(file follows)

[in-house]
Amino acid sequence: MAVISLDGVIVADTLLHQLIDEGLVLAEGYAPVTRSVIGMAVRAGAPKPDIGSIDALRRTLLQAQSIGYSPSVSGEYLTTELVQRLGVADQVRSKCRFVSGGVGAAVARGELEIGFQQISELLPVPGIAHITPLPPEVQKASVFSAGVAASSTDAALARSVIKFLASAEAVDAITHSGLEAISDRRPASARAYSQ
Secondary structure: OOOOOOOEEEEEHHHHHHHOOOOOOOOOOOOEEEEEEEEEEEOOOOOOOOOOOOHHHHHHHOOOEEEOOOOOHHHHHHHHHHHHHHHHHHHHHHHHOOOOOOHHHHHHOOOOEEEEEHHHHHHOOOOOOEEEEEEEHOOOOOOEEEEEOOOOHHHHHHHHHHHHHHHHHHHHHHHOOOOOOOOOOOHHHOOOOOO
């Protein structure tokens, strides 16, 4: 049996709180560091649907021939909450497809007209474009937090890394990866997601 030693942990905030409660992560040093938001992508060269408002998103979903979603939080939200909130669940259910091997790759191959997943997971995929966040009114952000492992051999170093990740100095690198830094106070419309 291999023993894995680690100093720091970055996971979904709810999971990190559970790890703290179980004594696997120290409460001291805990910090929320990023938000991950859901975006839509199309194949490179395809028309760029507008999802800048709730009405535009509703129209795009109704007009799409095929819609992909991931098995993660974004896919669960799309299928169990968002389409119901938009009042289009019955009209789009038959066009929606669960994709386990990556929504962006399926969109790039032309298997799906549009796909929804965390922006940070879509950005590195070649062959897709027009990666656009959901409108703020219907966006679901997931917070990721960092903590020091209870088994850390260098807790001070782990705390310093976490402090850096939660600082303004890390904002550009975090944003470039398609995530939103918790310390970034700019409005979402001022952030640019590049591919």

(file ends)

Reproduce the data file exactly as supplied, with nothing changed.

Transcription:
[in-house]
Amino acid sequence: MAVISLDGVIVADTLLHQLIDEGLVLAEGYAPVTRSVIGMAVRAGAPKPDIGSIDALRRTLLQAQSIGYSPSVSGEYLTTELVQRLGVADQVRSKCRFVSGGVGAAVARGELEIGFQQISELLPVPGIAHITPLPPEVQKASVFSAGVAASSTDAALARSVIKFLASAEAVDAITHSGLEAISDRRPASARAYSQ
Secondary structure: OOOOOOOEEEEEHHHHHHHOOOOOOOOOOOOEEEEEEEEEEEOOOOOOOOOOOOHHHHHHHOOOEEEOOOOOHHHHHHHHHHHHHHHHHHHHHHHHOOOOOOHHHHHHOOOOEEEEEHHHHHHOOOOOOEEEEEEEHOOOOOOEEEEEOOOOHHHHHHHHHHHHHHHHHHHHHHHOOOOOOOOOOOHHHOOOOOO
């Protein structure tokens, strides 16, 4: 049996709180560091649907021939909450497809007209474009937090890394990866997601 030693942990905030409660992560040093938001992508060269408002998103979903979603939080939200909130669940259910091997790759191959997943997971995929966040009114952000492992051999170093990740100095690198830094106070419309 291999023993894995680690100093720091970055996971979904709810999971990190559970790890703290179980004594696997120290409460001291805990910090929320990023938000991950859901975006839509199309194949490179395809028309760029507008999802800048709730009405535009509703129209795009109704007009799409095929819609992909991931098995993660974004896919669960799309299928169990968002389409119901938009009042289009019955009209789009038959066009929606669960994709386990990556929504962006399926969109790039032309298997799906549009796909929804965390922006940070879509950005590195070649062959897709027009990666656009959901409108703020219907966006679901997931917070990721960092903590020091209870088994850390260098807790001070782990705390310093976490402090850096939660600082303004890390904002550009975090944003470039398609995530939103918790310390970034700019409005979402001022952030640019590049591919």